Florida Fish and Wildlife Commission: Living With Alligators and Crocodiles

By  //  April 4, 2016

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Alligators inhabit all 67 counties in Florida

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As our weather warms up, alligators become more active. By following a few easy safety tips, like swimming only during the day in designated areas and keeping pets and people away from the water’s edge, we can continue to safely coexist with these amazing critters. (MyFWC image)

Alligators have inhabited Florida’s marshes, swamps, rivers and lakes for many centuries, and are found in all 67 counties.

In recent years, Florida has experienced tremendous human population growth. Many residents seek waterfront homes, and increasingly participate in water-related activities. This can result in more frequent alligator-human interactions, and a greater potential for conflict.

While the grin of an American alligator contains 78 to 82 teeth, throughout its life it loses and replaces up to 2,000 to 3,000 teeth.

As our weather warms up, alligators become more active. By following a few easy safety tips, like swimming only during the day in designated areas and keeping pets and people away from the water’s edge, we can continue to safely coexist with these amazing critters.

AMERICAN CROCODILES

American crocodiles primarily are found in south Florida living in brackish and saltwater habitats such as ponds, coves and creeks of mangrove swamps. Recently crocodiles have moved northward within their range and even inland into freshwater areas of southeast Florida. (Wikipedia.org image)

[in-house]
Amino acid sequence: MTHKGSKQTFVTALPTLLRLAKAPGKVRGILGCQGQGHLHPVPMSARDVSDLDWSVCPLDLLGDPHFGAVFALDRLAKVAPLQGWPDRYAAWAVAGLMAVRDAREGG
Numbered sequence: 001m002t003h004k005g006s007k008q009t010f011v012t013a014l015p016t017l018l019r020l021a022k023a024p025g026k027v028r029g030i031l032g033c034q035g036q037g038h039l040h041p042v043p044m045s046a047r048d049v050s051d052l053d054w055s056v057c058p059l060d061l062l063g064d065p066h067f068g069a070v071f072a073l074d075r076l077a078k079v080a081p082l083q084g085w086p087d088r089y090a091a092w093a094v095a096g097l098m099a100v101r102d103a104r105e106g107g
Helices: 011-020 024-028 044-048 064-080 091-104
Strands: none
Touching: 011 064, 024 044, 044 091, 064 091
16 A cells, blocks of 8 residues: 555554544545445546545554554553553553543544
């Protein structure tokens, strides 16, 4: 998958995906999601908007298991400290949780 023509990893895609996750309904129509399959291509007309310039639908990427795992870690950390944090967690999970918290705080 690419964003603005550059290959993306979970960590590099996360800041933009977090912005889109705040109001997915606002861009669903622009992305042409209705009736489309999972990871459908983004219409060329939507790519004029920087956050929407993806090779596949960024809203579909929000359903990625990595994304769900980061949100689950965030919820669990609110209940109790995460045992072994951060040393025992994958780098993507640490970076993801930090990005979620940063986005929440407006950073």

American crocodiles primarily are found in south Florida living in brackish and saltwater habitats such as ponds, coves and creeks of mangrove swamps. Recently crocodiles have moved northward within their range and even inland into freshwater areas of southeast Florida. (Wikipedia.org image)

American crocodiles primarily are found in south Florida living in brackish and saltwater habitats such as ponds, coves and creeks of mangrove swamps. Recently crocodiles have moved northward within their range and even inland into freshwater areas of southeast Florida.

Florida Fish and Wildlife, Cocoa Police Wrestle Down An 8-Foot GatorRelated Story:
Florida Fish and Wildlife, Cocoa Police Wrestle Down An 8-Foot Gator

The American crocodile is an endangered species success story. Since 1975 their numbers have increased from less than 300 to more than 1,500 adults.

Today, they are classified as a threatened species. The number of crocodile complaints has risen as a result of their recovery and the increasing number of people living and recreating in south Florida.

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